Efficacy and Toxicity of Intrathecal Liposomal Cytarabine in First-line Therapy of Childhood Acute Lymphoblastic Leukemia

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Abstract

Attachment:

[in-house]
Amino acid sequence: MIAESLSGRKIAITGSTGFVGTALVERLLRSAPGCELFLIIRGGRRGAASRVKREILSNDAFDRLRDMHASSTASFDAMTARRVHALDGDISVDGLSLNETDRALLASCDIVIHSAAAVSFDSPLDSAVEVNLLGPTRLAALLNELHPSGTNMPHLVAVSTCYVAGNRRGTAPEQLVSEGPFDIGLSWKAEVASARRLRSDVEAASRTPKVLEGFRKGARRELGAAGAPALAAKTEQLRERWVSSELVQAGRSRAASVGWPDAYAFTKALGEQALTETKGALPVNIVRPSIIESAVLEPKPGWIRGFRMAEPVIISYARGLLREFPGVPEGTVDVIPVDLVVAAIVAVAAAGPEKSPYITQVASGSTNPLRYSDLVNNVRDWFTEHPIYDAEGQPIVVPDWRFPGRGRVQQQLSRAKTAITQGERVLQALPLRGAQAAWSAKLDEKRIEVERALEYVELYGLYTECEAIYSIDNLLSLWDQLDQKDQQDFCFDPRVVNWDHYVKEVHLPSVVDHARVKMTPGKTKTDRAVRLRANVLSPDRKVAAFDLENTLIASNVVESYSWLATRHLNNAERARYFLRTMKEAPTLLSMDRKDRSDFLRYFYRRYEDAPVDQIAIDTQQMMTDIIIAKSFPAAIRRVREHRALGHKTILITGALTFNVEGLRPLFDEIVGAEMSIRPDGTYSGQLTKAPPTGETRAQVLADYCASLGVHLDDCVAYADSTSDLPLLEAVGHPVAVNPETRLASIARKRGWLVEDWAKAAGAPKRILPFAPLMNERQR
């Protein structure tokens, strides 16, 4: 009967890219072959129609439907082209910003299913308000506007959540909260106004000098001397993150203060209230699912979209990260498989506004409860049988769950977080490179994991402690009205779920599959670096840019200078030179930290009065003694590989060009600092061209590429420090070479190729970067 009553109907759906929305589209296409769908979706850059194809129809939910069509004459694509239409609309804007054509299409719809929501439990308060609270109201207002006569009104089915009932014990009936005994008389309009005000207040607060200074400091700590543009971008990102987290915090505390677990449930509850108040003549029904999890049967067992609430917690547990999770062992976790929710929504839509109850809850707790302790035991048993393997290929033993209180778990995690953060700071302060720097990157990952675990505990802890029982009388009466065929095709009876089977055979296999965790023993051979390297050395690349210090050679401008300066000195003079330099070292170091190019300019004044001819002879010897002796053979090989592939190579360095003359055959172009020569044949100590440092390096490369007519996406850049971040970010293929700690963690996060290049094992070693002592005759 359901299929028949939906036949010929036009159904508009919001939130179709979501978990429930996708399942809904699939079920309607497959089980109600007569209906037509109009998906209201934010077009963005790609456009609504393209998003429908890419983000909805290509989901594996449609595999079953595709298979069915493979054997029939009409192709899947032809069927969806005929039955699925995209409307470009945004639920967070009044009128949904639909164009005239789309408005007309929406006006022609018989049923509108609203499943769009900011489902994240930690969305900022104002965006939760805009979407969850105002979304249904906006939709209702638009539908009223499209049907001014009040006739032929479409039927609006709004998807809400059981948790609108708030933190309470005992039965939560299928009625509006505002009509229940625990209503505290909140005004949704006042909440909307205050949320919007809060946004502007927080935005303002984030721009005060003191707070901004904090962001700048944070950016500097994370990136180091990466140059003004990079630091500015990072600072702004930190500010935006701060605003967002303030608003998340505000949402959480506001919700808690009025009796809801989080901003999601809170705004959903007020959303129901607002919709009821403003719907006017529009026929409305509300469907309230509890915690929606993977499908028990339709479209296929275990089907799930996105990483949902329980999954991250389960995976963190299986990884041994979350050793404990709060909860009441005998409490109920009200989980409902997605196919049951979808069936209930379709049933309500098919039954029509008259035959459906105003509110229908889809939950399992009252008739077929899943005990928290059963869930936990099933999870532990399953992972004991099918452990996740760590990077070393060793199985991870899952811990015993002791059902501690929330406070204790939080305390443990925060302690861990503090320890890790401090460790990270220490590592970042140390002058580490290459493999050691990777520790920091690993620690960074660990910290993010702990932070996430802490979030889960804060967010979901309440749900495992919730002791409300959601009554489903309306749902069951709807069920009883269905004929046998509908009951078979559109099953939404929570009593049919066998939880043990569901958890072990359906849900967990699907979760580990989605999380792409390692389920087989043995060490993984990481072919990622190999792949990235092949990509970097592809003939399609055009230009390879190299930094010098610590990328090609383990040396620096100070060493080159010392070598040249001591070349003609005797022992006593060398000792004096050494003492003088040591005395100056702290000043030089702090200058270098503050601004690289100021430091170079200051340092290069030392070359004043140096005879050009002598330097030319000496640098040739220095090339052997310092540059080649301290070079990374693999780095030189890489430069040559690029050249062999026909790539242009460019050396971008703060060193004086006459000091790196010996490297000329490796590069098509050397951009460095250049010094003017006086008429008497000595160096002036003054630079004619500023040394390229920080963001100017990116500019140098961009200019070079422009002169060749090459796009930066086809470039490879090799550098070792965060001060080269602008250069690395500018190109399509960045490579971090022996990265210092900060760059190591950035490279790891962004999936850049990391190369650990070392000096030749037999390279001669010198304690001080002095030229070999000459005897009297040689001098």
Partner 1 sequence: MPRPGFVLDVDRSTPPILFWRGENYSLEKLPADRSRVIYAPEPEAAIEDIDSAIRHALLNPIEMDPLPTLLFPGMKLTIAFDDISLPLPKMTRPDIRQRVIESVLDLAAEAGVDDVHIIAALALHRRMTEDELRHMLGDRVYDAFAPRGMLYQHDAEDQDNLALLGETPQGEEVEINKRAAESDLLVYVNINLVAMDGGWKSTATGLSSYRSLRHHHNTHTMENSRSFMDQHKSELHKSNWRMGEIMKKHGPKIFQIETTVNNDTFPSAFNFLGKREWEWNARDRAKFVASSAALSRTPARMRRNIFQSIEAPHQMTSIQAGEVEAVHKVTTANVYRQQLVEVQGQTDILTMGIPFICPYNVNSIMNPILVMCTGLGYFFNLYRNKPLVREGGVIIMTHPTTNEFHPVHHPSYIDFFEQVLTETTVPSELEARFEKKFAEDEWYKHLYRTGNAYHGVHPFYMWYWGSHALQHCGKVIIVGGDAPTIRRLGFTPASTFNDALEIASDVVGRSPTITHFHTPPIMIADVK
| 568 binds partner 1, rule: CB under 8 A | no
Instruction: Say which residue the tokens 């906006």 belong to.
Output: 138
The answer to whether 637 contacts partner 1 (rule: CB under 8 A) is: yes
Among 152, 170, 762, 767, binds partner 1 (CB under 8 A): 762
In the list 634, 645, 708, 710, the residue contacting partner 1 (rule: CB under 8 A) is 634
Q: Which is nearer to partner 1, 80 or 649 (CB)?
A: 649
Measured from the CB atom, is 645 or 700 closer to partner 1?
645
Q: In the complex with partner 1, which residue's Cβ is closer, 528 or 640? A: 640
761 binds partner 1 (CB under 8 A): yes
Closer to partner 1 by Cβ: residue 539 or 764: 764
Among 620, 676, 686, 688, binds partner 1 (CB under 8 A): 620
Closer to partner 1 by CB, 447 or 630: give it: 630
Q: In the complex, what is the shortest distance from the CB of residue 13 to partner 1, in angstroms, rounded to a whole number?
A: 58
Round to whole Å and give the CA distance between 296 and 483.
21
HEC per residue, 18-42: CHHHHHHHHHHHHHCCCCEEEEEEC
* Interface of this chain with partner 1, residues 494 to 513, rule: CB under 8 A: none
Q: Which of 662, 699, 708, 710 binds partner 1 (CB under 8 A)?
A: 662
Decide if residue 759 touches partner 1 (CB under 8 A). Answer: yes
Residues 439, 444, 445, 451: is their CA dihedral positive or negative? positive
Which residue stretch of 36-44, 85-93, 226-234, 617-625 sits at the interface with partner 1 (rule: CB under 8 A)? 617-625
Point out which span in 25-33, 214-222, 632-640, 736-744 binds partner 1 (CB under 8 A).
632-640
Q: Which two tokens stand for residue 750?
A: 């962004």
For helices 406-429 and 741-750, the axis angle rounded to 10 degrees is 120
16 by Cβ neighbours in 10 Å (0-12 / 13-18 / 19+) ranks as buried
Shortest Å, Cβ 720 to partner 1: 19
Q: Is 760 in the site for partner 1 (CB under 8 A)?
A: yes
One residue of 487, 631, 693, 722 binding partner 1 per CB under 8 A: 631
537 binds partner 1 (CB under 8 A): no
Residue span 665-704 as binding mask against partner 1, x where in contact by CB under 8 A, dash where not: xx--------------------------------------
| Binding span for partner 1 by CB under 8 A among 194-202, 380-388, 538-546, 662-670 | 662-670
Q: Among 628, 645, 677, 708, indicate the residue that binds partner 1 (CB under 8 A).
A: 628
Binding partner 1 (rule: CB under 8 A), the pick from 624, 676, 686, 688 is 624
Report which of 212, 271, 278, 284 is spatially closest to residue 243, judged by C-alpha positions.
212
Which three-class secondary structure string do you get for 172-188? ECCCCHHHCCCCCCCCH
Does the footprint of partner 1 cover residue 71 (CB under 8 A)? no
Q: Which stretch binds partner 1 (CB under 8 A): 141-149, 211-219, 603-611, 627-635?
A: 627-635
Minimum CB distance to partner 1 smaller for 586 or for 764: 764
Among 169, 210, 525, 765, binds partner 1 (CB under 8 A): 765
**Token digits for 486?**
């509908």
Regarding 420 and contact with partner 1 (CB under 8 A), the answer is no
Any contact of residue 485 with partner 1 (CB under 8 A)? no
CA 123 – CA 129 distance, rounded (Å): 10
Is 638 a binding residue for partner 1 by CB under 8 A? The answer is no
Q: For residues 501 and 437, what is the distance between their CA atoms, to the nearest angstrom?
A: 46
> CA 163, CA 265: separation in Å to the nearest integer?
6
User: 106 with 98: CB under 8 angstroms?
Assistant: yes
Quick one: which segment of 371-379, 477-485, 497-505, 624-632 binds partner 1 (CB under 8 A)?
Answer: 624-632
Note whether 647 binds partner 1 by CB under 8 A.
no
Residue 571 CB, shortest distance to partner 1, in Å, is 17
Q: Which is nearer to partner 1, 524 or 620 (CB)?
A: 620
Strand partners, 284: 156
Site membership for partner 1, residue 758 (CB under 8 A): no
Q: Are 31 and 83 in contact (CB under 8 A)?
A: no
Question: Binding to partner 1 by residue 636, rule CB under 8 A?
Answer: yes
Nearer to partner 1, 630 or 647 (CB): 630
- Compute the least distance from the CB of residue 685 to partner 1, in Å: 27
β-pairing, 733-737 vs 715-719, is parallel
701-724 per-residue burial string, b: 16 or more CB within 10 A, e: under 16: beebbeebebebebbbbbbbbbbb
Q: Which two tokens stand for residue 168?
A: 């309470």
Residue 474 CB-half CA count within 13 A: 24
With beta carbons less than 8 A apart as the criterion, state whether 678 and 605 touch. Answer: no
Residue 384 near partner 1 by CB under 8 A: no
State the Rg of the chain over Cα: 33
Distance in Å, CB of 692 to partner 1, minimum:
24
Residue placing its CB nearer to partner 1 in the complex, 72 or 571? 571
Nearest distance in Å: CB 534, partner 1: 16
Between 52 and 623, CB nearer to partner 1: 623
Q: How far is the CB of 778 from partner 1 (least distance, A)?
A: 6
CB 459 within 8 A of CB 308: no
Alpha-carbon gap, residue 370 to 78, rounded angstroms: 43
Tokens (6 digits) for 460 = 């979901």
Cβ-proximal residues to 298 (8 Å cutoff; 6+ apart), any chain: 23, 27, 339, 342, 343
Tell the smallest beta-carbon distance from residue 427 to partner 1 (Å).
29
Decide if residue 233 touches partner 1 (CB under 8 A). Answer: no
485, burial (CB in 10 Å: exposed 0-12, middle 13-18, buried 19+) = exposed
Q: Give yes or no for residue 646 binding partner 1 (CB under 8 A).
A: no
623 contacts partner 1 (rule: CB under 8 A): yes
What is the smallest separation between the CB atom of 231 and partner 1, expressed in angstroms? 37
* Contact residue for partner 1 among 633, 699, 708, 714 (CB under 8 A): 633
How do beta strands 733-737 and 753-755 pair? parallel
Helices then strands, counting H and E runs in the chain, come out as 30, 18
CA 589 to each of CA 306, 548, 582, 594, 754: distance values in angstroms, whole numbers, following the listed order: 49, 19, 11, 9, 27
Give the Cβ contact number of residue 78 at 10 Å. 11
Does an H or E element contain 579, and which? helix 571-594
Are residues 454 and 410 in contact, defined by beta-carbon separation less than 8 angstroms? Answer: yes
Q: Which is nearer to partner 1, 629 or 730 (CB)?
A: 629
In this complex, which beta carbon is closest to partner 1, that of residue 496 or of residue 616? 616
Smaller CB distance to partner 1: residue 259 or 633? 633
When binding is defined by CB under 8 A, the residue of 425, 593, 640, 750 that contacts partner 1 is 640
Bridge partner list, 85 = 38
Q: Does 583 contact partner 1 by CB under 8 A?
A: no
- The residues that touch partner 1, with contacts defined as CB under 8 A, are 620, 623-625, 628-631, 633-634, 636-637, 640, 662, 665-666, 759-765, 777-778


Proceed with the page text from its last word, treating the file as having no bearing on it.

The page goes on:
We investigated efficacy and toxicity of replacing conventional triple (cytarabine, methotrexate, and hydrocortisone) intrathecal therapy (TIT) with liposomal cytarabine during maintenance therapy among 40 acute lymphoblastic leukemia patients. Twenty-eight of 29 patients in the TIT arm received TIT and 9/11 in the liposomal cytarabine arm received liposomal cytarabine. Arachnoiditis occurred in all initial 5 patients given liposomal cytarabine and intrathecal prednisolone succinate. Subsequently liposomal cytarabine was given with systemic dexamethasone. Neurotoxicity occurred at 6/27 liposomal cytarabine administrations with concomitant dexamethasone (22%). More liposomal cytarabine-treated patients experienced neurotoxicity in relation to intrathecal therapy during at least 1 cycle compared with TIT-treated patients (6/9 [67%] vs. 3/28 [11%], P=0.002). Apart from intermittent lower extremity sensory pain in 1 liposomal cytarabine-treated patient, no permanent adverse neurological sequelae were observed. In intention-to-treat analysis, projected 5-year event-free survival (pEFS-5y) was borderline higher for patients in the liposomal cytarabine arm compared with the TIT arm (1.0 vs. 0.69, P=0.046). However, pEFS-5y and projected 5-year relapse-free survival did not differ signficantly between patients treated with liposomal cytarabine or TIT (1.0 vs. 0.73, P=0.10; 1.0 vs. 0.76, P=0.12). Larger prospective trials are needed to explore whether liposomal cytarabine should be used as first-line prevention of relapse.

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